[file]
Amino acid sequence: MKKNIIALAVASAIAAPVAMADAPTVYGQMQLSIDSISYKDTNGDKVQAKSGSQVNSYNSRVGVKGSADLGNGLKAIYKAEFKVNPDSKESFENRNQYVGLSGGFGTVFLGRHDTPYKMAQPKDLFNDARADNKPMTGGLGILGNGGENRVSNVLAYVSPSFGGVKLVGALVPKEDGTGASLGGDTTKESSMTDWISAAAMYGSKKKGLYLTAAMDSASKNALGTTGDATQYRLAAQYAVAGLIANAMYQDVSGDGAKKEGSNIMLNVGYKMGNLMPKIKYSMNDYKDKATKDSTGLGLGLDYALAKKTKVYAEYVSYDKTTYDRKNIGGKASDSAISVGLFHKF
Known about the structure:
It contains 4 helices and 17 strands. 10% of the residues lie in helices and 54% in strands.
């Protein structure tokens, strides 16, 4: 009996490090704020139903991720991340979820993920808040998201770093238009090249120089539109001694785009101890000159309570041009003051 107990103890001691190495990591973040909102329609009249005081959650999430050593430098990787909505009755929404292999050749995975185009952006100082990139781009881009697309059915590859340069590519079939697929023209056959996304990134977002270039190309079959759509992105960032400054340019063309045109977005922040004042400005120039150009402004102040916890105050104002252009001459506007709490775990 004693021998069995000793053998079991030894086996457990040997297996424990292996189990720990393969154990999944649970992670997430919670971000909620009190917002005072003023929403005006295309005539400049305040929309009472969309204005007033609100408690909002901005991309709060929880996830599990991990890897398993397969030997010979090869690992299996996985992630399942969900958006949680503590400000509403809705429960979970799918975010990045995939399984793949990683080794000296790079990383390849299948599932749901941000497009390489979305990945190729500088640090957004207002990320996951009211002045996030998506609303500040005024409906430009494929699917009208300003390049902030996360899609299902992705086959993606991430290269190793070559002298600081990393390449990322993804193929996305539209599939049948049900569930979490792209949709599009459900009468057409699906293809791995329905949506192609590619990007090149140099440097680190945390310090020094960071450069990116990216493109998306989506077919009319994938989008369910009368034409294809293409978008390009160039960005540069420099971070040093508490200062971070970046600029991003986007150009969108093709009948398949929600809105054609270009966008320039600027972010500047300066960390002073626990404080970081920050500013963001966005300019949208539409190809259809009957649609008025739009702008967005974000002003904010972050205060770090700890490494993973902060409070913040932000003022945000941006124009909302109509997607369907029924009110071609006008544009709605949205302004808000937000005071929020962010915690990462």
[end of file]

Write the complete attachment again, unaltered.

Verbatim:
Amino acid sequence: MKKNIIALAVASAIAAPVAMADAPTVYGQMQLSIDSISYKDTNGDKVQAKSGSQVNSYNSRVGVKGSADLGNGLKAIYKAEFKVNPDSKESFENRNQYVGLSGGFGTVFLGRHDTPYKMAQPKDLFNDARADNKPMTGGLGILGNGGENRVSNVLAYVSPSFGGVKLVGALVPKEDGTGASLGGDTTKESSMTDWISAAAMYGSKKKGLYLTAAMDSASKNALGTTGDATQYRLAAQYAVAGLIANAMYQDVSGDGAKKEGSNIMLNVGYKMGNLMPKIKYSMNDYKDKATKDSTGLGLGLDYALAKKTKVYAEYVSYDKTTYDRKNIGGKASDSAISVGLFHKF
Known about the structure:
It contains 4 helices and 17 strands. 10% of the residues lie in helices and 54% in strands.
């Protein structure tokens, strides 16, 4: 009996490090704020139903991720991340979820993920808040998201770093238009090249120089539109001694785009101890000159309570041009003051 107990103890001691190495990591973040909102329609009249005081959650999430050593430098990787909505009755929404292999050749995975185009952006100082990139781009881009697309059915590859340069590519079939697929023209056959996304990134977002270039190309079959759509992105960032400054340019063309045109977005922040004042400005120039150009402004102040916890105050104002252009001459506007709490775990 004693021998069995000793053998079991030894086996457990040997297996424990292996189990720990393969154990999944649970992670997430919670971000909620009190917002005072003023929403005006295309005539400049305040929309009472969309204005007033609100408690909002901005991309709060929880996830599990991990890897398993397969030997010979090869690992299996996985992630399942969900958006949680503590400000509403809705429960979970799918975010990045995939399984793949990683080794000296790079990383390849299948599932749901941000497009390489979305990945190729500088640090957004207002990320996951009211002045996030998506609303500040005024409906430009494929699917009208300003390049902030996360899609299902992705086959993606991430290269190793070559002298600081990393390449990322993804193929996305539209599939049948049900569930979490792209949709599009459900009468057409699906293809791995329905949506192609590619990007090149140099440097680190945390310090020094960071450069990116990216493109998306989506077919009319994938989008369910009368034409294809293409978008390009160039960005540069420099971070040093508490200062971070970046600029991003986007150009969108093709009948398949929600809105054609270009966008320039600027972010500047300066960390002073626990404080970081920050500013963001966005300019949208539409190809259809009957649609008025739009702008967005974000002003904010972050205060770090700890490494993973902060409070913040932000003022945000941006124009909302109509997607369907029924009110071609006008544009709605949205302004808000937000005071929020962010915690990462």